Previs Vs. Animatic: What’s The Difference?

Here are some key features of an animatic:

  • In animatics for commercials, their is greater concern for aesthetics, such as the environment, wardrobe, and “look and feel” of a visual story.
  • Commercial animatics are created for ad agencies and brands—they may be requested by the brand (the client) in order to prove the success of a concept.
  • Animatics can also be used in film and TV to visualize an idea in a simplified form. Traditionally, animatics for film and TV have little to no animation, and use simple editorial and sound design to visualize the full construction of the show or film.
  • Here’s an example of an animatic for Pepsi.

Previs vs. animatic: What are you looking to achieve?

While both previs and animatics act as a sketch board tool for teams to figure out how to lay out ideas in a movie format, they are suited to different industries and have different strengths. Animatics are more about the narrative and the success of a creative idea; previsualizations are more about the technical details of how a shot can be done in live action or VFX.

Bottom line, if you’re looking to bring a creative idea to life to show a client or focus group, that’s an animatic. If you want to create a spot that will be a technically accurate exploration of a production, that’s previs.  We can help you decide which is best for you. Give us a call today!

Concept Testing

4 Of The Most Common Test Production Formats For Big Brands

If you’re considering using an animatic to test your commercial ideas, you may be wondering what exactly you need to know about the process before you jump in and get started. If you’re already thinking about this, you’re on the right track. With cinematics and boardomatics, you’ll be able to rehearse concepts, see how creative ideas play out in real time, and gauge responses from other viewers via focus groups. In this article, we’ll give you a basic overview of four key test production formats you should get acquainted with: animatics, boardomatics, storyboards, and HD live tests.

1. Animatics

Animatics are a more finished format of testing—they are a fully realized, fully animated blueprint of what your commercial will look like. These animation styles can include 2D animatics, 3D cinematics, and 3D illustrated cinematics.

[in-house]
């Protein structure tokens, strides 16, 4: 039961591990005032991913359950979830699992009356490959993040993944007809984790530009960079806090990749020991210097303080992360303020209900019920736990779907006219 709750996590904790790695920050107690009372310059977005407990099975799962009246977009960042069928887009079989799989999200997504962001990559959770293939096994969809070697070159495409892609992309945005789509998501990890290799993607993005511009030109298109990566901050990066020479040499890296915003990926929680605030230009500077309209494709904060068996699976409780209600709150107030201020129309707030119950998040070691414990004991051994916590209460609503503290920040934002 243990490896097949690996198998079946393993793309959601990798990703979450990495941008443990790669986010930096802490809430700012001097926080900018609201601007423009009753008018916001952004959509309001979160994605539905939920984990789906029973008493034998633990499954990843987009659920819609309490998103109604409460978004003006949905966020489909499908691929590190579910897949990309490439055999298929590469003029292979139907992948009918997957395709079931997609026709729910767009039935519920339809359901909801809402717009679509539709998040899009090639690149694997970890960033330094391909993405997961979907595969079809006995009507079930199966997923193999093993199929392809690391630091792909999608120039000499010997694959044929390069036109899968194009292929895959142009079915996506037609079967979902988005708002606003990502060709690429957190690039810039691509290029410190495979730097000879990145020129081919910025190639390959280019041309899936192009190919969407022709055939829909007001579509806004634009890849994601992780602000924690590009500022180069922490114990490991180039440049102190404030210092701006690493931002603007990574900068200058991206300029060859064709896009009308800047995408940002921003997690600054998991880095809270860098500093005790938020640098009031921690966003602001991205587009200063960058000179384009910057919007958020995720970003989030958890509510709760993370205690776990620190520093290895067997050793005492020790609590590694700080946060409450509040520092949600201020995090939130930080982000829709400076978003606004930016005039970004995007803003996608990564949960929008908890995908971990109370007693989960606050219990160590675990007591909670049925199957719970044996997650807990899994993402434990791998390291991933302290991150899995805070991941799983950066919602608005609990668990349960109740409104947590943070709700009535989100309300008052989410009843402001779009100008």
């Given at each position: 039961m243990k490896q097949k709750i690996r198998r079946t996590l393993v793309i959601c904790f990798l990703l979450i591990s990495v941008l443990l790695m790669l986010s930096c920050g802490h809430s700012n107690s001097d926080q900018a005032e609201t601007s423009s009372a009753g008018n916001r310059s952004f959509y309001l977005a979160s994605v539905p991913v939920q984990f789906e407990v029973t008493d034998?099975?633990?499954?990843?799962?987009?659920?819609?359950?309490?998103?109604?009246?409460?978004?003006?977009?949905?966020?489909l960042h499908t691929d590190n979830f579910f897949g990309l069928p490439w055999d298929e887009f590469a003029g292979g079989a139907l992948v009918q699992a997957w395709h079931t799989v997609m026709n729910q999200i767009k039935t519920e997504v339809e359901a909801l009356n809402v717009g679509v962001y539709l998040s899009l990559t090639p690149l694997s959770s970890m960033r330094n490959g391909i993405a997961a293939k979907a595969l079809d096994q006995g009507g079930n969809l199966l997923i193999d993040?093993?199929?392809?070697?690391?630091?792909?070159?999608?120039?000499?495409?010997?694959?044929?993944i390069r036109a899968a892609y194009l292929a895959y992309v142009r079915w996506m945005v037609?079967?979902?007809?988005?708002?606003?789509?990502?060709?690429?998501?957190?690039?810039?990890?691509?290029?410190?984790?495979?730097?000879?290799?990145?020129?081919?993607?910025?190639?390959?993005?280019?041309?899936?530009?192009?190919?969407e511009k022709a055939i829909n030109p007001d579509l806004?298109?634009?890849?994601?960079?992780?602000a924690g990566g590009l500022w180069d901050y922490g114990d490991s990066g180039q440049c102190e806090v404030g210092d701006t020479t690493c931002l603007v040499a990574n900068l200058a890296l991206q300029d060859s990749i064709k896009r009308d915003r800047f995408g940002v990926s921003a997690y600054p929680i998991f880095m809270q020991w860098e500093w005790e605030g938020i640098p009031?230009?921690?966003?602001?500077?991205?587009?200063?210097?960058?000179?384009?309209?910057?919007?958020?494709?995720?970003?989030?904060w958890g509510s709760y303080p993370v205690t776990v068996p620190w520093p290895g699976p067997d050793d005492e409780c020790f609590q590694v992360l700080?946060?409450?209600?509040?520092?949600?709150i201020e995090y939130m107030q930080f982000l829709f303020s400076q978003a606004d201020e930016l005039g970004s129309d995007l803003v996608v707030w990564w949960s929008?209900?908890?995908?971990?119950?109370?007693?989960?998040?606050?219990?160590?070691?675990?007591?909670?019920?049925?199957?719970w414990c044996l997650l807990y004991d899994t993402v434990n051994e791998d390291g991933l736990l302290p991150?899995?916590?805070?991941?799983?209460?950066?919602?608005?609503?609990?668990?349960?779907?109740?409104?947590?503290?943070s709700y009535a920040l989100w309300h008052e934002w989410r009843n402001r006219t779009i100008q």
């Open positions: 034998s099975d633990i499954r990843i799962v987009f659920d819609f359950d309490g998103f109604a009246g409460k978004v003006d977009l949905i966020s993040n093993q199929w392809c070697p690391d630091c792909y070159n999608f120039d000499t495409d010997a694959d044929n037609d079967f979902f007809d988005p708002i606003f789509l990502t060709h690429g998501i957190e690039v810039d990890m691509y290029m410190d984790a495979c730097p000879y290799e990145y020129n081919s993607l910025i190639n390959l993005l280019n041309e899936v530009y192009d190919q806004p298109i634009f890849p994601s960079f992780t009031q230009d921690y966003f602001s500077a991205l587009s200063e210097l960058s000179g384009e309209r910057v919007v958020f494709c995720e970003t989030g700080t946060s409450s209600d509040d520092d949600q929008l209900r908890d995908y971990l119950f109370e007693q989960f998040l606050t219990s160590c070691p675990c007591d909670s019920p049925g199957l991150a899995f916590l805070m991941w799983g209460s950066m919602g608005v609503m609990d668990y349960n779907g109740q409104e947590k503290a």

• Animatics are one of the most popular formats for testing commercial ideas.
  • They are the most flexible set of tools for rehearsing a creative concept.
  • A 3D cinematic is true to realistic proportions and camera placement, whereas a 2D animatic can have a looser finish, which leaves more room for interpretation.

2. Boardomatics

Boardomatics are created using 2D or 3D artwork and dissolves and cuts instead of animation to show movement. A boardomatic is created by taking illustrated artwork, stock or custom photos, or 3D artwork and composing it into a storyline edit to tell a simplified message or story.

  • Boardomatics are the most cost-effective video-based test production format.
  • They offer the quickest turnaround time for any video-based test production format.

3. Storyboards

Storyboards are still frames of artwork that demonstrate an idea. They are the most basic format for testing a visual idea.

  • In focus groups, they may be accompanied by a group leader talking through the idea to aid in the group’s understanding of the idea.
  • They are the most cost-effective still image-based test production format.
  • They offer the quickest turnaround time for any still image-based test production format.

4. HD Live

HD live is a premium form of testing in which live actors are cast and shot on green screen. With HD live, custom backgrounds are created by computer graphics (CG). It is the most finished format of testing.

  • In HD live tests, footage of live actors is composited into CG environments.
  • The final product of this format is comparable to a true broadcast commercial—HD live is as close to the real production as you can get.

Each of these test production formats has its own set of advantages, considerations, best practices, and use cases—before you choose any specific format, you need to make sure it’s best suited for the idea you have and the results you want.

To learn more about each of these test production formats, contact us today!